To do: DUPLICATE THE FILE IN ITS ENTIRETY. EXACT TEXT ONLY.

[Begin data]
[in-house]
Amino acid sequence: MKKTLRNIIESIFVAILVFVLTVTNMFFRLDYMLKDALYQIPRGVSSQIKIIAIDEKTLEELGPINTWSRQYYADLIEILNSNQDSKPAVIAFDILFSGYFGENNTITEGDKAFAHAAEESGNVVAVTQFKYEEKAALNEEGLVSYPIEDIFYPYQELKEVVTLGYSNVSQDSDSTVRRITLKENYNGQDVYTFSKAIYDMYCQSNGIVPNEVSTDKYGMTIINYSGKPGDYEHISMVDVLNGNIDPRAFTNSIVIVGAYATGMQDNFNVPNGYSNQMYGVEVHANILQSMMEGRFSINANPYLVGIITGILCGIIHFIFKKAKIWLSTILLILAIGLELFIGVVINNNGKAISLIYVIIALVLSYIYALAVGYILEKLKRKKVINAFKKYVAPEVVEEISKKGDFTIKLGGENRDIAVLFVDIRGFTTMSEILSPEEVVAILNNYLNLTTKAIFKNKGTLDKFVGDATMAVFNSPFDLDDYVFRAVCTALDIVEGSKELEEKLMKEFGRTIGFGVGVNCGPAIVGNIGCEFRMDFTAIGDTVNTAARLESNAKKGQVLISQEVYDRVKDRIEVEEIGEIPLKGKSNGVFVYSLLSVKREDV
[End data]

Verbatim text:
[in-house]
Amino acid sequence: MKKTLRNIIESIFVAILVFVLTVTNMFFRLDYMLKDALYQIPRGVSSQIKIIAIDEKTLEELGPINTWSRQYYADLIEILNSNQDSKPAVIAFDILFSGYFGENNTITEGDKAFAHAAEESGNVVAVTQFKYEEKAALNEEGLVSYPIEDIFYPYQELKEVVTLGYSNVSQDSDSTVRRITLKENYNGQDVYTFSKAIYDMYCQSNGIVPNEVSTDKYGMTIINYSGKPGDYEHISMVDVLNGNIDPRAFTNSIVIVGAYATGMQDNFNVPNGYSNQMYGVEVHANILQSMMEGRFSINANPYLVGIITGILCGIIHFIFKKAKIWLSTILLILAIGLELFIGVVINNNGKAISLIYVIIALVLSYIYALAVGYILEKLKRKKVINAFKKYVAPEVVEEISKKGDFTIKLGGENRDIAVLFVDIRGFTTMSEILSPEEVVAILNNYLNLTTKAIFKNKGTLDKFVGDATMAVFNSPFDLDDYVFRAVCTALDIVEGSKELEEKLMKEFGRTIGFGVGVNCGPAIVGNIGCEFRMDFTAIGDTVNTAARLESNAKKGQVLISQEVYDRVKDRIEVEEIGEIPLKGKSNGVFVYSLLSVKREDV